The Reserve Bank's Monetary Policy Committee (MPC), which started its three-day meeting today i.e. June 6, will likely raise the key lending rate by up to 40-50 basis points to contain spiralling inflation. Analysts are also expecting the MPC to change its stance from 'accommodative' to 'neutral'. Among other things, inflation is the top priority for the RBI's MPC team, which is led by governor Shaktikanta Das. Retail inflation at 7.79% in April soared to an eight-year high of over 4.23% in the same month the previous year, primarily due to the high prices of vegetables and oils. In March 2022, headline CPI inflation surged to 7% from 6.1% in February, largely reflecting the impact of geopolitical spillovers.
Indian households are already feeling the inflation heat, with 92% saying their average monthly expenses have gone up in the last few months, according to a survey, conducted by community social media platform LocalCircles. On account of the geopolitical scenario, the constrained supplies of several commodities, the Covid-19 pandemic and the overall condition of the economy, 55% of respondents anticipate monthly expenses to rise by over 10% in the next three months, while 26% anticipate an increase to be up to 10%.
The Reserve Bank had also indicated its willingness to curtail rising inflation. "There is the collateral risk that if inflation remains elevated at these levels for too long, it can de-anchor inflation expectations which, in turn, can become self-fulfilling and detrimental to growth and financial stability," Shaktikanta Das says in the RBI's monthly bulletin for May. He adds that the RBI is ready to "use all policy levers to preserve macroeconomic and financial stability" while enhancing the economy’s resilience.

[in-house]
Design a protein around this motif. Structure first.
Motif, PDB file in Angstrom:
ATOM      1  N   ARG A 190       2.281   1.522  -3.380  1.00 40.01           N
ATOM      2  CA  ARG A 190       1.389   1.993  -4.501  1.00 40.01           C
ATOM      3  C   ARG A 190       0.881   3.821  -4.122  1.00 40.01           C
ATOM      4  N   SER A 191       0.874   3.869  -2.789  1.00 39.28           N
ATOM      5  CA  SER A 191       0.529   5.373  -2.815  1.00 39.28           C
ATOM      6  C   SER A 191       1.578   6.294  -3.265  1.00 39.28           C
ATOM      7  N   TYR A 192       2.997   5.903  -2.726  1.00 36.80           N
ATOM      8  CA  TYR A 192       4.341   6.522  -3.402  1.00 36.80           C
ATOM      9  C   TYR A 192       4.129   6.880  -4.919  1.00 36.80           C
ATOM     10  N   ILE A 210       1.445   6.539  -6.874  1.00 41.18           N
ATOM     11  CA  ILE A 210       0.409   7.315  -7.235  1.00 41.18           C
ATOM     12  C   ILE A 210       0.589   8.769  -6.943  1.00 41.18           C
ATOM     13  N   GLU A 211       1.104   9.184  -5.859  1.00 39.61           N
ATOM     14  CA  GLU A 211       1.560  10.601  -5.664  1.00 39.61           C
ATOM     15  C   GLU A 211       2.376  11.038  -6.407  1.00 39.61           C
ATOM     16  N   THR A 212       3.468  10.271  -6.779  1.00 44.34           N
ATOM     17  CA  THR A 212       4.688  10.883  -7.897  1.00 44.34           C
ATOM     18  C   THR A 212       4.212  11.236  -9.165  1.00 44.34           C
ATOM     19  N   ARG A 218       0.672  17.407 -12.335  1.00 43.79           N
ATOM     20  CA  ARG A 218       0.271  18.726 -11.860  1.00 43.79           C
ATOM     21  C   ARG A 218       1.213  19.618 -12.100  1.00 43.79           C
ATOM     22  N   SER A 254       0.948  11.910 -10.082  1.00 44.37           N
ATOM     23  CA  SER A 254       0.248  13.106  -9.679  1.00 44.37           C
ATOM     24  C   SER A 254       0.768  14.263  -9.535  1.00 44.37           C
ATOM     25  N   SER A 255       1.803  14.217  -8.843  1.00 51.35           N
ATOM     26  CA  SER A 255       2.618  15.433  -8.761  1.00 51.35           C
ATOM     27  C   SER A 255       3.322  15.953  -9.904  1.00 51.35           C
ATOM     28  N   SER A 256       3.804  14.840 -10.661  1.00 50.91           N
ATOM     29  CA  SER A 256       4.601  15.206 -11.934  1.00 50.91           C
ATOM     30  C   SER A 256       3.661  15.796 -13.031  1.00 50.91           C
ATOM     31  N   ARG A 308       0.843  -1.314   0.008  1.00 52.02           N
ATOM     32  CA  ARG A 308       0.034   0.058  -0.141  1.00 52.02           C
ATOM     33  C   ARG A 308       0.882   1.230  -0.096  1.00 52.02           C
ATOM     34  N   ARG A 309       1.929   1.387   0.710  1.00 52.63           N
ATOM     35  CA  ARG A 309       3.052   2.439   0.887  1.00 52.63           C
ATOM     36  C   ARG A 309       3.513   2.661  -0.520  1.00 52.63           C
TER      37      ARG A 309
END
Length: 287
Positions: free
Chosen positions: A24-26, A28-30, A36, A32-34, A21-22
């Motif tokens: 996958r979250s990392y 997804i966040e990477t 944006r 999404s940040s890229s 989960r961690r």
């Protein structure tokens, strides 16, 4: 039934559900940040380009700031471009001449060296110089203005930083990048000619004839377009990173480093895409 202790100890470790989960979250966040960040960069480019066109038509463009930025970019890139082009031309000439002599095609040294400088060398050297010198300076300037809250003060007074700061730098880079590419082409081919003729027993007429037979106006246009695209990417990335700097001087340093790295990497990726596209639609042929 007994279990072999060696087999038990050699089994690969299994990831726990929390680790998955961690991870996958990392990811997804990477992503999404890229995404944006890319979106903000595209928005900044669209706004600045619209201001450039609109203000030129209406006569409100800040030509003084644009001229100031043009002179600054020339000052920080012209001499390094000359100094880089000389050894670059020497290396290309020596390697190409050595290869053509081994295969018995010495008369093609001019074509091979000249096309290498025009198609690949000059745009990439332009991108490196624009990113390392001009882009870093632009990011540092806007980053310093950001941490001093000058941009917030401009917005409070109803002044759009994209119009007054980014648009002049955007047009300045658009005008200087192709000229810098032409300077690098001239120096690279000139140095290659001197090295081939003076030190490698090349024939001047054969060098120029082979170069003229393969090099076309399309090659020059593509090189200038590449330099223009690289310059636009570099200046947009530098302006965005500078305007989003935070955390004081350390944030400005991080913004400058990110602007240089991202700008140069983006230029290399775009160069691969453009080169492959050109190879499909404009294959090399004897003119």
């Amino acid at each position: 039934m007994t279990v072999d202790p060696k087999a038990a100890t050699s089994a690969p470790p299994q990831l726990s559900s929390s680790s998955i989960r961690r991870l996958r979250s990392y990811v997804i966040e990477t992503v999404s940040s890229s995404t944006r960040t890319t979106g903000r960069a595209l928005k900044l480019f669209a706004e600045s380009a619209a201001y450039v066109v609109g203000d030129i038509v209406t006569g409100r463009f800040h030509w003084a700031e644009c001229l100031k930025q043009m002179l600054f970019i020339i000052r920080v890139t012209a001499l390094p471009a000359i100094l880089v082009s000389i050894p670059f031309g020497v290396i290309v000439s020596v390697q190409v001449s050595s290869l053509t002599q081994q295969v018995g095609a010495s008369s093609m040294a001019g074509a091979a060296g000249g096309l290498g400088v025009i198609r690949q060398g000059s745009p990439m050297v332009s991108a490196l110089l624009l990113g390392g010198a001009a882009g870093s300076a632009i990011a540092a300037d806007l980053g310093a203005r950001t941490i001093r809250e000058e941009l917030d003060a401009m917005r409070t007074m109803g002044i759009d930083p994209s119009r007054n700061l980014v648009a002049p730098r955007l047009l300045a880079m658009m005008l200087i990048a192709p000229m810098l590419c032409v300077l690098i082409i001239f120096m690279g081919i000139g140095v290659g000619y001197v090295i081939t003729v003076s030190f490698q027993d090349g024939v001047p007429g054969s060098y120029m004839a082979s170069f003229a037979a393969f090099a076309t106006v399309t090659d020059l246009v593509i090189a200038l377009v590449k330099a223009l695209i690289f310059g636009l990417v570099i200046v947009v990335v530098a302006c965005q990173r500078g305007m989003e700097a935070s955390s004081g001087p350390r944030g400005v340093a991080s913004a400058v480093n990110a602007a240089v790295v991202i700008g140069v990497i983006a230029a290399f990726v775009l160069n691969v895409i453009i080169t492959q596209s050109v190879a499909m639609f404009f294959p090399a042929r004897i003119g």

Against this backdrop, the MPC held an off-cycle meeting from May May 2-4, 2022, to address the evolving inflation-growth dynamics. The MPC also voted unanimously to increase the policy repo rate by 40 basis points to 4.40%. The standing deposit facility (SDF) rate was adjusted to 4.15% and the marginal standing facility (MSF) rate and the bank rate was adjusted to 4.65%.
The MPC had, however, decided unanimously to remain "accommodative", but assured it'll focus on withdrawal of accommodation to keep inflation within the target. In its April meeting, the panel had raised the inflation projection for the current fiscal to 5.7%, up from the earlier estimation of 4.5%. This time, it'll be interesting to see how much the MPC raises the inflation projection for FY23, considering a sharp rise in April and May.
Moreover, with the increase in key lending rates, interest on loans is also set to rise as retail loans are benchmarked to an external rate, mostly to the RBI’s repo rate, with a quarterly reset clause. "In a situation of incipient demand recovery post-Covid, the question will be whether growth could be a large casualty in case of large and persistent rate increases, even as inflation prints will continue to be of serious concern," says SBI Research in a note.
Ratings agency ICRA also believes the recent cut in excise duties on petrol and diesel can help cool the retail inflation trajectory while improving consumers’ disposable incomes. It has projected the average CPI inflation for FY23 at 6.5%, pencilling in a 40 bps repo hike in the RBI's June 2022 policy review, amid a terminal rate of 5.5%.
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